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The town drunks…

My walk wasn’t five minutes old this morning when the first shards of a smashed Miller Lite bottle appeared on the pavement. I didn’t have gloves, so I kicked aside the broken “Tastes Great!” pieces safely off the roadway, fully intent to get them tomorrow. The brown glass will still be there.

Lots of Miller Lite and Coors Light bottles and cans this morning. Disgusting but utterly predictable. A boozy Friday night removes common sense from those who ought to know better.

Lots of Miller Lite and Coors Light bottles and cans this morning. Disgusting but utterly predictable. A boozy Friday night removes common sense from those who ought to know better.

Another 50 yards and there was another shattered Miller Lite bottle, the residue of the town drunks from Friday night.

All of this is expected and predictable. It’s an all-too-typical Friday night. Take a close look at the incriminating photo: three Coors Light cans, crunched Busch Light and Budweiser cans, yet another Dasani bottle, and, to represent the non-imbibers, a Coke Zero can crushed flat. On the small side, which I don’t really get, are miniature Gray Goose and Dewars bottles. And you can toss in the M&Ms box, the Reece’s bag, and all the other random trash the morons jettisoned.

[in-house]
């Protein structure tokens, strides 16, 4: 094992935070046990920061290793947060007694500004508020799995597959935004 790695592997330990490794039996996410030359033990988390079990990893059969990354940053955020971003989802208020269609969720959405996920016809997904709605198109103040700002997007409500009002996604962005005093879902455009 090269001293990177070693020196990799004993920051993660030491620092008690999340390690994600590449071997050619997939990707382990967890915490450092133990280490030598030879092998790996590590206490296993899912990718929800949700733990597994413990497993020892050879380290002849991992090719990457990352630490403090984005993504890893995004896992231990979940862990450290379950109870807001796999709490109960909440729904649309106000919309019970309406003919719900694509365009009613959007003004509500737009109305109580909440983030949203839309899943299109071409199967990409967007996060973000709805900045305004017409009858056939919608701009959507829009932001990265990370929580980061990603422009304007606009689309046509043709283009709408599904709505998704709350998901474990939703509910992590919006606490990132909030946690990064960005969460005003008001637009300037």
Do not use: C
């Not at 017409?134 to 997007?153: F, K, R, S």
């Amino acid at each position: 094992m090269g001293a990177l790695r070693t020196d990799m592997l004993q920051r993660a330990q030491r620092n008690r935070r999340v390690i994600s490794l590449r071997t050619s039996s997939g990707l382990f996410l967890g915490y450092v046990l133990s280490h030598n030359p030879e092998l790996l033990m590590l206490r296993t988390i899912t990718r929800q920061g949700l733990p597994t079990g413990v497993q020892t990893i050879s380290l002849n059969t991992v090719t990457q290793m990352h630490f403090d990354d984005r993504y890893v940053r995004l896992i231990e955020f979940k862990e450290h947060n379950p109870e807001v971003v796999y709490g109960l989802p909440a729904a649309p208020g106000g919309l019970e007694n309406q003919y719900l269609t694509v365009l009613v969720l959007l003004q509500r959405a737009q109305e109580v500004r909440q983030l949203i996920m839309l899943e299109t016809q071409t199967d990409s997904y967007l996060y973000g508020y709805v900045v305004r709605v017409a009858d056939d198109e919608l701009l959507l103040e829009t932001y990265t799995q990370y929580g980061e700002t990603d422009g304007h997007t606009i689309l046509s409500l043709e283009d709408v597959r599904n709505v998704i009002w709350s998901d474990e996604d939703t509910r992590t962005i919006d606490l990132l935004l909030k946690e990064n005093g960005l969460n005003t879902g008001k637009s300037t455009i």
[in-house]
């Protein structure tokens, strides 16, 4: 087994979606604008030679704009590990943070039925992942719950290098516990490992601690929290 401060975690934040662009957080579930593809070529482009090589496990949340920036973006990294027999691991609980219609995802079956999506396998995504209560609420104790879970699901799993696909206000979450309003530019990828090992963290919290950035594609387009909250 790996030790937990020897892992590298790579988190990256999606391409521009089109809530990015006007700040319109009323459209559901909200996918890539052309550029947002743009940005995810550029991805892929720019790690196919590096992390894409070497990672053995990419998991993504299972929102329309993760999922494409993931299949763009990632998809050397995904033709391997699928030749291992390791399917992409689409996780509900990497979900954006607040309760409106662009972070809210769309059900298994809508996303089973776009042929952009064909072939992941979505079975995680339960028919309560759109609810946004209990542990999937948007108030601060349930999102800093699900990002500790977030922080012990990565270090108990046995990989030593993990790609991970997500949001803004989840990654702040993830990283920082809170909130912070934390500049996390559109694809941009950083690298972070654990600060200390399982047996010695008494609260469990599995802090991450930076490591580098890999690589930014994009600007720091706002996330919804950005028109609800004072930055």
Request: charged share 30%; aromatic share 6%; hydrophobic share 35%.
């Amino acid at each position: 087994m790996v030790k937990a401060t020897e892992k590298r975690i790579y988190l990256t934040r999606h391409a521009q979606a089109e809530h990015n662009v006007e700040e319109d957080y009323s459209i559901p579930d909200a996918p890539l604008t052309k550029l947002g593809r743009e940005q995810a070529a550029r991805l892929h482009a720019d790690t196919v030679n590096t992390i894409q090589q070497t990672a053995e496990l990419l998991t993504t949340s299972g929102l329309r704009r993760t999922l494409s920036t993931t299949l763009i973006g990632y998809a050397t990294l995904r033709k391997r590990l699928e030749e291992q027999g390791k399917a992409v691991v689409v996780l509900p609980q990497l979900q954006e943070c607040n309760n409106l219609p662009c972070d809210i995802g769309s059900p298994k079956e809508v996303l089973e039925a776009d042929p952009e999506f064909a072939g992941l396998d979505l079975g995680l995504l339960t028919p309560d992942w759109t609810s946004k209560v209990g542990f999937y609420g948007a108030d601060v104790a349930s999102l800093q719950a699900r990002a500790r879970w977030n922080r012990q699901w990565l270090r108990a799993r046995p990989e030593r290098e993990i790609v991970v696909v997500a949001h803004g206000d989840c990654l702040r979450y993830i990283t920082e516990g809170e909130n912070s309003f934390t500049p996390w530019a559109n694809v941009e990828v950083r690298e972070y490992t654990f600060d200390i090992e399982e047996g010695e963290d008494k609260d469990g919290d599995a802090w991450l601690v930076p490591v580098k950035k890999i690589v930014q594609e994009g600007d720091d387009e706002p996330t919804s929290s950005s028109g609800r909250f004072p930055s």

Yes, I may have uttered some sour words at 6:30 a.m. But there was a bright spot: the Bud can and Dasani bottle were RFSDs. If they’re not stopped there, the next stop is down stream.

About Dave Bradley (264 Articles)
I was a writer by trade so one would think letters would come easily for me. It is so now, but wasn't always that way. Indeed, the first letter was written the Monday after Ellen started her freshman year in college. For years I've wondered - with no good answers - why I swiveled my office chair toward my computer screen to fire up a word processing document for that first letter. I just don't know. I just did. Perhaps it was the angst of separation or wanting to say things that had gone unsaid at that moment when we parted ways in front of her college dormitory. What was a one-off became habitual. When her brother Reid enrolled in the same college, his name was added to the salutation line. They were kids then and are adults now. No matter. The letter writing habit remains so today. I live in Brevard, North Carolina. I'm well away from where they live and don't see them nearly as often as I'd like. That's why letters, at least to me, fill the void of distance. The pages give me something to say and the space to say it. There is no assurance they read the letters; indeed, I have never asked if they do so. With the pace of their busy lives who could blame them for letting a letter sit unopened? Over time, it has dawned on me that the letters are both communicative - and cathartic. By nature, letters are about the writer; the writer can only write about their situation. Perhaps that is as it should be. It's all about the here and now from one person's perspective.

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